Apple’s innovative T2 chip makes the iMac Pro the start of a Mac revolution

“I’ve spent the last week with Apple’s new iMac Pro, and in most ways it’s just a faster Mac. It’s the first pro Mac desktop in over three years and the fastest Mac yet made, granted, but still entirely familiar,” Jason Snell writes for Macworld. “And yet in many ways—some noticeable, some entirely invisible—this new Mac is completely different from all past Mac models.”

“The iMac Pro may be an outlier today, but in the future we’ll probably look back on it as the start of a new era for the Mac, all because of the Apple-built T2 chip it carries inside,” Snell writes. “The T2 processor isn’t doing the heavy lifting in the iMac Pro — that’s the Intel Xeon processor with between 8 and 14 processor cores. The T2 is the brain behind that brain, running the subsystems of the iMac Pro from a single piece of Apple-built silicon.”

“The result,” Snell writes, “is a simplified internal design that doesn’t require multiple components from multiple manufacturers… The disk controller is built into the T2 itself. This gives the T2 complete control over internal storage on the iMac Pro. This has some major benefits in terms of speed and security. Every bit of data stored on an iMac Pro’s SSD is encrypted on the fly by the T2… All this encryption happens invisibly, so the SSDs in the iMac Pro still operate at full speed—approximately 3GB per second.”

Much more in the full article – highly recommendedhere.

MacDailyNews Take: With the advent of the T2-equipped iMac Pro, Apple is smartly taking ownership of the primary technologies, as Steve Jobs intended.

I’ve always wanted to own and control the primary technology in everything we do.Steve Jobs, October 12, 2004

12 Comments

    1. Still no reason why the professional (or consumer) shouldn’t be able to swap out the RAM or replace the HD without a visit to a certified Apple technician.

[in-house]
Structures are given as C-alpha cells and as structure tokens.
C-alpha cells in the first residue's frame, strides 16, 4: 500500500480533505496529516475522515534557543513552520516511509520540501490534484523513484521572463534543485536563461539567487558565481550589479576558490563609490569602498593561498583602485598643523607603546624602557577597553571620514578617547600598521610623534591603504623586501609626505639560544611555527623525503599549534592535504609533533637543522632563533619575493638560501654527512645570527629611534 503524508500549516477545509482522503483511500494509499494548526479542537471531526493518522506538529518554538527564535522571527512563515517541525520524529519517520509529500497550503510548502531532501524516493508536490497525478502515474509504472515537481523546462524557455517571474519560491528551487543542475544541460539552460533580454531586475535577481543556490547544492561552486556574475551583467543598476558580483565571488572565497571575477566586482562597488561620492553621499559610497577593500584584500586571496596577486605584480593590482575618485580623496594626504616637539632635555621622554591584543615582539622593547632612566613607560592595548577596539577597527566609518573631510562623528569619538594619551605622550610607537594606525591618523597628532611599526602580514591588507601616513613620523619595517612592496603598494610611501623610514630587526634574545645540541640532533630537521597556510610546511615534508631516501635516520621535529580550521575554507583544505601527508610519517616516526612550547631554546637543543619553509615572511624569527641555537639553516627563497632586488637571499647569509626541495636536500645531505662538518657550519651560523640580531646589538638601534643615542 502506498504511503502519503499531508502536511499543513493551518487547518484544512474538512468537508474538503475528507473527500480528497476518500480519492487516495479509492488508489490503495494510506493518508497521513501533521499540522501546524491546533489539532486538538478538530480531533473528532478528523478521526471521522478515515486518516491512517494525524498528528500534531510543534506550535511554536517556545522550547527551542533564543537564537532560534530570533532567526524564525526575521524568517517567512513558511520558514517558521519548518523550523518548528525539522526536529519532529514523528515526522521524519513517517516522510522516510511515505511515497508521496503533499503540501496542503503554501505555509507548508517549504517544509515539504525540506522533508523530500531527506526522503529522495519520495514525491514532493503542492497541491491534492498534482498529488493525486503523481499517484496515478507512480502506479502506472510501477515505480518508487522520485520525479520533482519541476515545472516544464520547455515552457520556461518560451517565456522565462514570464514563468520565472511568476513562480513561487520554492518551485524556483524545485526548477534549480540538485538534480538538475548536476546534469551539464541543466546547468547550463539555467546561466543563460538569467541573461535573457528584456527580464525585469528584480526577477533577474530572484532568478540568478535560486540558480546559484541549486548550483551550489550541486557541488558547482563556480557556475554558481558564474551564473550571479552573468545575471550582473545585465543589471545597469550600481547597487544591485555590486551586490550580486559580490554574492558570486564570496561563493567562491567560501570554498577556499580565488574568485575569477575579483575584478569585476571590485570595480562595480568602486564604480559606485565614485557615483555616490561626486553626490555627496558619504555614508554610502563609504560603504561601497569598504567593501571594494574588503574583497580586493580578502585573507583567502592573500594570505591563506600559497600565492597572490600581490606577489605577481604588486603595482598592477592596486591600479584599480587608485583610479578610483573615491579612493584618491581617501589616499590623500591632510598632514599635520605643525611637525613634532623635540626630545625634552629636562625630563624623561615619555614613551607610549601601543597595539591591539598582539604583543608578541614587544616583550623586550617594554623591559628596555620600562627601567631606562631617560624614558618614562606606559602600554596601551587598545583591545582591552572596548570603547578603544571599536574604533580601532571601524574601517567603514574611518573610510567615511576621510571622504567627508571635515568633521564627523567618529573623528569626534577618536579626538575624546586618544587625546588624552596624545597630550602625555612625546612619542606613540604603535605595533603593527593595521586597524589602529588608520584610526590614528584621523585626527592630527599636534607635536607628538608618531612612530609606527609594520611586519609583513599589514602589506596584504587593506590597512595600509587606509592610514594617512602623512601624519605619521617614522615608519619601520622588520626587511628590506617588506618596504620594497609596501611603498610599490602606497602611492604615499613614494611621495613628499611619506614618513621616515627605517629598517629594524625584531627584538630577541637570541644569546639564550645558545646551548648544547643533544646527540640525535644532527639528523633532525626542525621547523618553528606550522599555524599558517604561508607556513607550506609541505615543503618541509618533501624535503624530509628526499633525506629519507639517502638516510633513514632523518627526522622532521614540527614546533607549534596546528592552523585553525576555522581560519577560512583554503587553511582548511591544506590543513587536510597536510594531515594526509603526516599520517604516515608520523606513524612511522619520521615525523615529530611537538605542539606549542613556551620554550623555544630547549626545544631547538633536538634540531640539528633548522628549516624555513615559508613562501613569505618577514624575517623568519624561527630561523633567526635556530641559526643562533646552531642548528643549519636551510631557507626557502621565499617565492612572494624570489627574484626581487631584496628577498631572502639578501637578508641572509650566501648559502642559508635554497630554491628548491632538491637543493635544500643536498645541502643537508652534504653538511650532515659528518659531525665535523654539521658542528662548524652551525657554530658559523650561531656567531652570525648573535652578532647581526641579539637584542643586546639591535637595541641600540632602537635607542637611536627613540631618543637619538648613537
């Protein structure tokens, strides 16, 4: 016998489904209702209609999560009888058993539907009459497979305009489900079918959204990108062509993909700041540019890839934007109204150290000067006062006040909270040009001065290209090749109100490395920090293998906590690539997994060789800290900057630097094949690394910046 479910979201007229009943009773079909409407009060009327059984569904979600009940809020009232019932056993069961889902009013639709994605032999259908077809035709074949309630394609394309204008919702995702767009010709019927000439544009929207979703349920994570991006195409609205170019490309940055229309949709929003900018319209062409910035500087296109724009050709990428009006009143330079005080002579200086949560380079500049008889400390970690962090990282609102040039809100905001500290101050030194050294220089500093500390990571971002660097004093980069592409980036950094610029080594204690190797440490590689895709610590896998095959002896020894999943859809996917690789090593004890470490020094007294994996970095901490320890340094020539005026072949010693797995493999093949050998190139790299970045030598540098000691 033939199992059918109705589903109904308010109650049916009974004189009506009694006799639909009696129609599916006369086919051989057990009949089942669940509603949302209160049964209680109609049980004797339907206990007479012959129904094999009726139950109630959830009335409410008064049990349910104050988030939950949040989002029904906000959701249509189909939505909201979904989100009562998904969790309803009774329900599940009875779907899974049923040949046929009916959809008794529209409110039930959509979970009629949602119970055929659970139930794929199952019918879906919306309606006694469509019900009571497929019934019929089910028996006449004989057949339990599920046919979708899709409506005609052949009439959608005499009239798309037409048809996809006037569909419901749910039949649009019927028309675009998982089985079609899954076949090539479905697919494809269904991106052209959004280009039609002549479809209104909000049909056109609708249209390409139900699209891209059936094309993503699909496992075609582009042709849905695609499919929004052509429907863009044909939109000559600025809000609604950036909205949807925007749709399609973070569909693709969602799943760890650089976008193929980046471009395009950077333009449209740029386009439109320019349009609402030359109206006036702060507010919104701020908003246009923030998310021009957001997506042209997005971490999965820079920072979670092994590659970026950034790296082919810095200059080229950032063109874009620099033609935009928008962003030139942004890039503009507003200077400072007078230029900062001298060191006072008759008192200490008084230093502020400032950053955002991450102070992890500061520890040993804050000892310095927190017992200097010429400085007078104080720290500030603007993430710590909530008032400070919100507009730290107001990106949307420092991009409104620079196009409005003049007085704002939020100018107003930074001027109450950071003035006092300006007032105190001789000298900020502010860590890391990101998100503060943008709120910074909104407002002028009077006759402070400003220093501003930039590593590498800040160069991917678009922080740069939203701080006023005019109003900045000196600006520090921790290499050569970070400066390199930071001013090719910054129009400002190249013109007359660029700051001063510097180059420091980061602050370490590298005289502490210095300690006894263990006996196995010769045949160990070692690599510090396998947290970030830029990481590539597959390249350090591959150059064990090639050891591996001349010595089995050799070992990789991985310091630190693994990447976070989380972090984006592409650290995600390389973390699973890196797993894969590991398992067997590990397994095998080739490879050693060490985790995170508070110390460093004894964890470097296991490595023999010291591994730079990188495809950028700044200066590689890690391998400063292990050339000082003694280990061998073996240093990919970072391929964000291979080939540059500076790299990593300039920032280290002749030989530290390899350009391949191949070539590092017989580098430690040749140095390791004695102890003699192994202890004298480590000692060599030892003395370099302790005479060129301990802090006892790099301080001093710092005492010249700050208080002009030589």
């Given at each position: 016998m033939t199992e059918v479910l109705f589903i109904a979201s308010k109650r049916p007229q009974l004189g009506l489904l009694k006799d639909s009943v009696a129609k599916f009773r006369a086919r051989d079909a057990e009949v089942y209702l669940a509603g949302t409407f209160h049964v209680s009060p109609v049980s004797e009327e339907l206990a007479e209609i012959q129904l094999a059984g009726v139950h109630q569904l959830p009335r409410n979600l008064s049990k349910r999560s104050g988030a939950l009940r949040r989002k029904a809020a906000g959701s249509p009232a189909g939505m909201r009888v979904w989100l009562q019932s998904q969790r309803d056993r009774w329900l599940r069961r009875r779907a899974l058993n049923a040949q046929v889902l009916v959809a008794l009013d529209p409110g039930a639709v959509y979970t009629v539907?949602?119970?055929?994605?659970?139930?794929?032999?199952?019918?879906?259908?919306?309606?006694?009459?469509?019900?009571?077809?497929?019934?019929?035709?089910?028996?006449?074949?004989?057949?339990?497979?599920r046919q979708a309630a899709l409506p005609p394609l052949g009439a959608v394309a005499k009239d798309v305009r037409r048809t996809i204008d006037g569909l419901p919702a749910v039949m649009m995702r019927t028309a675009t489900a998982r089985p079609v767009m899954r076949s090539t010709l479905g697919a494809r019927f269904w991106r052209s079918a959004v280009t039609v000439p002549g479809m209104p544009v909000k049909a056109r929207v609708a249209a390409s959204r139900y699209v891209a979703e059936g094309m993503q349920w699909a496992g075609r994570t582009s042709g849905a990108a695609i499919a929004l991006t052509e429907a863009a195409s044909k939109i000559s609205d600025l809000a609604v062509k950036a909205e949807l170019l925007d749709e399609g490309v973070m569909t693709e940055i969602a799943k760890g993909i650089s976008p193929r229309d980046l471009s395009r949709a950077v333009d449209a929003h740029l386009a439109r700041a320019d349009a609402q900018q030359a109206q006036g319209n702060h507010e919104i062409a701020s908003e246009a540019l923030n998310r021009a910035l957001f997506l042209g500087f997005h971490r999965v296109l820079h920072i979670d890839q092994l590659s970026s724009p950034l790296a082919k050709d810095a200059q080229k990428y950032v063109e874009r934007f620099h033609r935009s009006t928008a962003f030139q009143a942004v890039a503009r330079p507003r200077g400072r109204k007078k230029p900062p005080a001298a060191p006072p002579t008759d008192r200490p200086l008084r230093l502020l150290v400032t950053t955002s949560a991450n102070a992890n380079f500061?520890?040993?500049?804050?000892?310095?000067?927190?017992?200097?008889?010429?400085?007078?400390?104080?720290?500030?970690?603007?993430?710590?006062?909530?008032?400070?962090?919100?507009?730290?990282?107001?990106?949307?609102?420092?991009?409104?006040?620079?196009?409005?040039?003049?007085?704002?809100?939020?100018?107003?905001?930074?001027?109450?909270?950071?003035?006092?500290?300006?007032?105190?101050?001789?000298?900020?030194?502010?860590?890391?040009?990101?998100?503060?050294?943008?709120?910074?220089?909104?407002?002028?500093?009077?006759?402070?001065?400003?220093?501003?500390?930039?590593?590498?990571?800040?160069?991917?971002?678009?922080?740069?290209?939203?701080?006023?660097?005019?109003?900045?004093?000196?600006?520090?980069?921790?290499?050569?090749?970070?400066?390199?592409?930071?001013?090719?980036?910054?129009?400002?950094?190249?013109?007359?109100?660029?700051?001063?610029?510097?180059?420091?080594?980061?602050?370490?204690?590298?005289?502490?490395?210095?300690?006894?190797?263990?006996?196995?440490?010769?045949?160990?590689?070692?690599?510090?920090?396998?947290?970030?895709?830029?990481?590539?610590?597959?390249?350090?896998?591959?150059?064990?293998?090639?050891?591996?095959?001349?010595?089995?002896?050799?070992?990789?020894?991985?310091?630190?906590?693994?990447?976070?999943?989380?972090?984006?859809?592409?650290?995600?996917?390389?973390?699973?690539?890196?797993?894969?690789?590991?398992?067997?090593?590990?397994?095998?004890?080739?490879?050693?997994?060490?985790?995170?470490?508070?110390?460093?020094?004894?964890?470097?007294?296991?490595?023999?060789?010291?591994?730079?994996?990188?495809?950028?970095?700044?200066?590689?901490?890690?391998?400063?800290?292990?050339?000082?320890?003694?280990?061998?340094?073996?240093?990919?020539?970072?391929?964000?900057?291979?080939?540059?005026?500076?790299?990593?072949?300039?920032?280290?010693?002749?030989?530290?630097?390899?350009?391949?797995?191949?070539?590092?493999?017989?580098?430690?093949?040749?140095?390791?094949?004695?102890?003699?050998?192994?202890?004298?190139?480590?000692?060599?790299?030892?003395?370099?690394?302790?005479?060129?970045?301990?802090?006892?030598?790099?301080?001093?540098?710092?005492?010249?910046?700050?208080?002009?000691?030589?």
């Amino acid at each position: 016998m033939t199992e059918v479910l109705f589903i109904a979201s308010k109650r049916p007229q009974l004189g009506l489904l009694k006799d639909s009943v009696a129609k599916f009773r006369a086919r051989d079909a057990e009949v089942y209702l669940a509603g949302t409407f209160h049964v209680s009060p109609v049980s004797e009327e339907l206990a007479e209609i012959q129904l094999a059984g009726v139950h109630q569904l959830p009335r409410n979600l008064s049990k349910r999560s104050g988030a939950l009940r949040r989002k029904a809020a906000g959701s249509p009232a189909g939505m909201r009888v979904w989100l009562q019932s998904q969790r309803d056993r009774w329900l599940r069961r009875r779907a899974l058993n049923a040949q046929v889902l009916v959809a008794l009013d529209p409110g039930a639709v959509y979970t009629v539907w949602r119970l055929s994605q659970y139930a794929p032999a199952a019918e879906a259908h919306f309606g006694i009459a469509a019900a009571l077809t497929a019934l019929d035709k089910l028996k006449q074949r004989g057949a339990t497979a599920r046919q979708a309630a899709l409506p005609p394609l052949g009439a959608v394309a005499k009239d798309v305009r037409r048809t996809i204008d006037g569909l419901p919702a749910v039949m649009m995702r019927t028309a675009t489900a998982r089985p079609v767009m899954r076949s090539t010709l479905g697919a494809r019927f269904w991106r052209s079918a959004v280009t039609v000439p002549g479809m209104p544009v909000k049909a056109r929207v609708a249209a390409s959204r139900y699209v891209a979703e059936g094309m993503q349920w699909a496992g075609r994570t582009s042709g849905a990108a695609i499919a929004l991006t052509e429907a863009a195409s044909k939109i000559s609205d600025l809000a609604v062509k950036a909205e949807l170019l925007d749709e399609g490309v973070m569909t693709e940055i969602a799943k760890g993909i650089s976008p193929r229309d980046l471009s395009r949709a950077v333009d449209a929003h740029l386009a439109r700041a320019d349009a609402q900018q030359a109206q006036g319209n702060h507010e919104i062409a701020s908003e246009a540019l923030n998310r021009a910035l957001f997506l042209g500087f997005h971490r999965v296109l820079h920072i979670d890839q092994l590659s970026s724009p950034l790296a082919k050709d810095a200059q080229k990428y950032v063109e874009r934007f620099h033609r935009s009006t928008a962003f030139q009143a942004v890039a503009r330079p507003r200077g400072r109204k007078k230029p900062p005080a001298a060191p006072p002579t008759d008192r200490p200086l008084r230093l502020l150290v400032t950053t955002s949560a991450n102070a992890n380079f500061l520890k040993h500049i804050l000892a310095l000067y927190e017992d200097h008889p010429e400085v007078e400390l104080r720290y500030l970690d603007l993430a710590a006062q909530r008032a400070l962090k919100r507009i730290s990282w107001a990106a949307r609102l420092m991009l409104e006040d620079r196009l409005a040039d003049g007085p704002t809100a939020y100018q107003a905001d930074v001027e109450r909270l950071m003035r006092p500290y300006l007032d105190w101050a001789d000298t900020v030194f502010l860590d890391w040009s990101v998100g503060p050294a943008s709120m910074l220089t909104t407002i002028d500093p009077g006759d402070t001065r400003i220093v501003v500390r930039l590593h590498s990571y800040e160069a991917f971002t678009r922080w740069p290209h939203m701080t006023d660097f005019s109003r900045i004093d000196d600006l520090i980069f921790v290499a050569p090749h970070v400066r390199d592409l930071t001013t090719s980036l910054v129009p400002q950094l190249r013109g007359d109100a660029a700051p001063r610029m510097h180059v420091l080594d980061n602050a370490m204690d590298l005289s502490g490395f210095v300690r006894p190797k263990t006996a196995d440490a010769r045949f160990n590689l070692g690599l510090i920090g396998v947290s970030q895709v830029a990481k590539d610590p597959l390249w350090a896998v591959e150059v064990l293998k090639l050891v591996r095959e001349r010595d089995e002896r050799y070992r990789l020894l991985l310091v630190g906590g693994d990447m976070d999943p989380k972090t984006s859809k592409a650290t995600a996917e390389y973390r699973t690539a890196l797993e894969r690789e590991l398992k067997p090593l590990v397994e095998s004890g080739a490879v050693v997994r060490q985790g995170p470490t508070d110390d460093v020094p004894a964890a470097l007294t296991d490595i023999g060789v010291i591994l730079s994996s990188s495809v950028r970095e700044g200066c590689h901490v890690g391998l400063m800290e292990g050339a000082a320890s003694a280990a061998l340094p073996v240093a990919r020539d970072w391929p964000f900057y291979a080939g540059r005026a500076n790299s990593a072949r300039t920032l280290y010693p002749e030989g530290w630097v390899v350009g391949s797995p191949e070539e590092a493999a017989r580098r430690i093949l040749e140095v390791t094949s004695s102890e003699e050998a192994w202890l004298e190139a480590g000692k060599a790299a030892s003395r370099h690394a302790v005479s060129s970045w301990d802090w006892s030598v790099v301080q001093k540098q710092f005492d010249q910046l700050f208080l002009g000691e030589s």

When I choose a phone, laptop, or iPad, then weight, thickness, rigidity, size, and power management are all at an absolute premium.

      When I choose a desktop, all those things take a back seat to raw power and basic user maintenance. It doesn’t matter if my desktop is 1/4 inch thin, I’m not carrying it from room to room or using it on my next flight. There is simply NO compelling reason why a desktop (pro or otherwise) shouldn’t have easily replaceable RAM, HD(s), and power supply. RAM and HDS are constantly getting cheaper/bigger, and they are also most likely to fail. Shouldn’t have to waste time going to an Apple store to fix those kind of issues.

  1. Apple is leveraging its great advantage which is it designs the hardware and also the OS.

    PC OEMs like Lenovo don’t have this advantage, dependent on OS from Msft or Google. Msft. itself has tried to do the same as Apple with it’s Surface products but it doesn’t have the long term hardware expertise like Apple which has made both OS and hardware together for decades.

    Specs (MHz, number of cores etc) as touted by reviewers don’t tell the whole story, ‘optimization’ plays a big part. Many Apple products require less RAM for example to do the same task.

  2. Hey, Applecynic, where are you? Where are the Cook doomsayers? I figured as much…this news conflicts with your negative outlook on Apple, so you just ignore it. Meanwhile, the rest of us have been touting Apple’s advantage in internally developing its own silicon for years. This is *big* news and very important for the future of the company.

  3. I see evidence from Apple’s recent past and now with the iMac T2 chip that it sees security as the #1 thing required for any company in digital equipment to succeed and grow long term.

    Apple can’t rely on other’s chips to protect their customers.

    The “cpu” is likely to become more of a heavy lifting processor and something like the T2 becomes the gatekeeper.

    The worst thing in the world is for Intel chip vulnerabilities that let competitors or nation states hack every one of your desktop Intel processors.

      1. Was Apple ever any better than the competition, or have they always been just as crass, cynical, and self-serving as you make them out to be?

        I used to think they were above the others, but I was very young. Was I that wrong?

          1. The real answer is Apple has moved forward with better hardware and software faster than the PC side.

            Super Heavy Duty Security Design of hardware/software systems has only entered the mainstream design processes in the last decade. Apple recognized the essential need by adopting NEXT/UNIX even earlier.

            I think we should give Apple credit as being the safest consumer Systems readily available for networked use to date

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